Review of "Women in War: The Micro-Processes of Mobilization in El Salvador," by Jocelyn Viterna
Journal of World-Systems Research
Architects of Austerity is a well-researched, clearly written, and convincingly argued book on the political history of international finance regulation of the post-WWII period. I don't think I exaggerate when I say that, with this book, Aaron Major establishes himself as a leading voice among analysts who, over the past decade or so, have done some serious rethinking of the common wisdom surrounding our understanding of this crucial period. This common wisdom looks something like this: the end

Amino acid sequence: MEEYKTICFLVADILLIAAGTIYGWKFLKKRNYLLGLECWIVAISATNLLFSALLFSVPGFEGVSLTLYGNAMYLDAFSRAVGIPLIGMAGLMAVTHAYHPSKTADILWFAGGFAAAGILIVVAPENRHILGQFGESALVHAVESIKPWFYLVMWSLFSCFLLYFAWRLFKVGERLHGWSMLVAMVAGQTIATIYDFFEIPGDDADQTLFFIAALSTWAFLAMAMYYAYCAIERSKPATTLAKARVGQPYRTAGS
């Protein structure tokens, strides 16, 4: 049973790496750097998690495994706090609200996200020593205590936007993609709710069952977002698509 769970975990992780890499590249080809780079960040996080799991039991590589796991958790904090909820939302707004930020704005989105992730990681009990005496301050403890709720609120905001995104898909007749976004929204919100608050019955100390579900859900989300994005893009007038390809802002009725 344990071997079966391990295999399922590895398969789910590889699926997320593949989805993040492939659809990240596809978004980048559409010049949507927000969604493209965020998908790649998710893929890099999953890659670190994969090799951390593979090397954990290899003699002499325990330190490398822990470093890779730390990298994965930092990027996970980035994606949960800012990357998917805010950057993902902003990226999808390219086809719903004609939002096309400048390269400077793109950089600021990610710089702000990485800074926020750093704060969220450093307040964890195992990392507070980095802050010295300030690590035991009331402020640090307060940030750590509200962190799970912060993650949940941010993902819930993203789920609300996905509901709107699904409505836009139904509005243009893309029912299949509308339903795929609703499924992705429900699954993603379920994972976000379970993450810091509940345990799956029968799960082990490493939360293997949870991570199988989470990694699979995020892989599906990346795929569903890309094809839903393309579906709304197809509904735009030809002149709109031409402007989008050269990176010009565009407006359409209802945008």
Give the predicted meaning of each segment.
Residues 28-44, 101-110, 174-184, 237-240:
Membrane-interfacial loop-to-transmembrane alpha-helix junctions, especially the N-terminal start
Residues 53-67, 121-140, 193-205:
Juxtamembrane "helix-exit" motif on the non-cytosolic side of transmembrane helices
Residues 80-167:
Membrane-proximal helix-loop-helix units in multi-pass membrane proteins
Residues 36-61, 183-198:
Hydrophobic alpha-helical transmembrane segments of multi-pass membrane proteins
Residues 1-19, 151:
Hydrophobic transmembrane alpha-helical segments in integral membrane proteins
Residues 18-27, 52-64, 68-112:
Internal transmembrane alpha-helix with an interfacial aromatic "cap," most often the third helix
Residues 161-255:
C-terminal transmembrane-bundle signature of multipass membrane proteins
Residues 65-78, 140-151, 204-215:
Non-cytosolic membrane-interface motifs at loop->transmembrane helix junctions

... like this: the end of the Second World War coincides with the emergence of a new international regime broadly governed by a logic of "embedded liberalism." Unlike the gold standard regime and its focus on monetary stability at the expense of all else, under embedded liberalism new economic priorities become dominant, and among those priorities the primacy of growth and full employment over the need for stability takes pride of place. But for reasons having to do with the weak political will of the forces underlying this regime, the tension created by the Cold War and the rise and decline of US hegemony, and the contradictions of the regime itself, embedded liberalism falls apart under the weight of stagflation and international volatility, to be replaced surprisingly by a resurgent liberal doctrine. While neo-liberalism is not free of problems and contradictions, it acquires an uncontested, hegemonic status that to this day sets strict limits on the financial and fiscal autonomy of national governments. Neoliberalism underpins the current politics of austerity. In what ways is this common wisdom incorrect? Scholars from a variety of fields and approaches have taken issue with its lack of nuance: neoliberalism is surely dominant, but its rise has been uneven to say the least, and understanding the sources of this unevenness yields insight into the political processes that underlie it. Put differently, understanding neoliberalism as a reaction to the economic failure of embedded liberalism hides the institutional foundations of neoliberalism, and the identity and shape of the political constellations that have facilitated its diffusion. But ignoring those institutional foundations means implicitly accepting that neoliberal success is a function of its effectiveness as an economic solution. The search for institutional differences in the intensity, timing, and configuration of neoliberalism, in turn, has unearthed unexpected evidence about the political coalitions where important ideas that neoliberalism later appropriates come from (see in this respect Monica Prasad's book The Politics of Free Markets). Major's book joins this conversation by pointing not to national differences, but to institutional continuity at the international level in order to explain neoliberalism's resurgence. In fact, Major's argument is that classical liberalism never went away; rather, it constituted the ideological terrain of international financial institutions throughout the period of embedded liberalism, and exercised important constraints on national governments even at the height of Keynesianism. Architects of Austerity engages in sustained historical research in order to substantiate this argument. The story begins in the 1950s, when the Organisation for Economic Co-operation and Development (OECD) takes a strong position on the perennial question of the trade-off between stability and growth by reasserting the classical liberal orthodoxy in favor of stability. Consistent with this economic orientation, the OECD begins a drawn-out political and ideological battle aimed at preserving the stability of the international balance of payments while delegitimizing the demand for flexibility originating with national policies targeting domestic This work is licensed rmder a Creative Commons Attribution 4.0 United States License.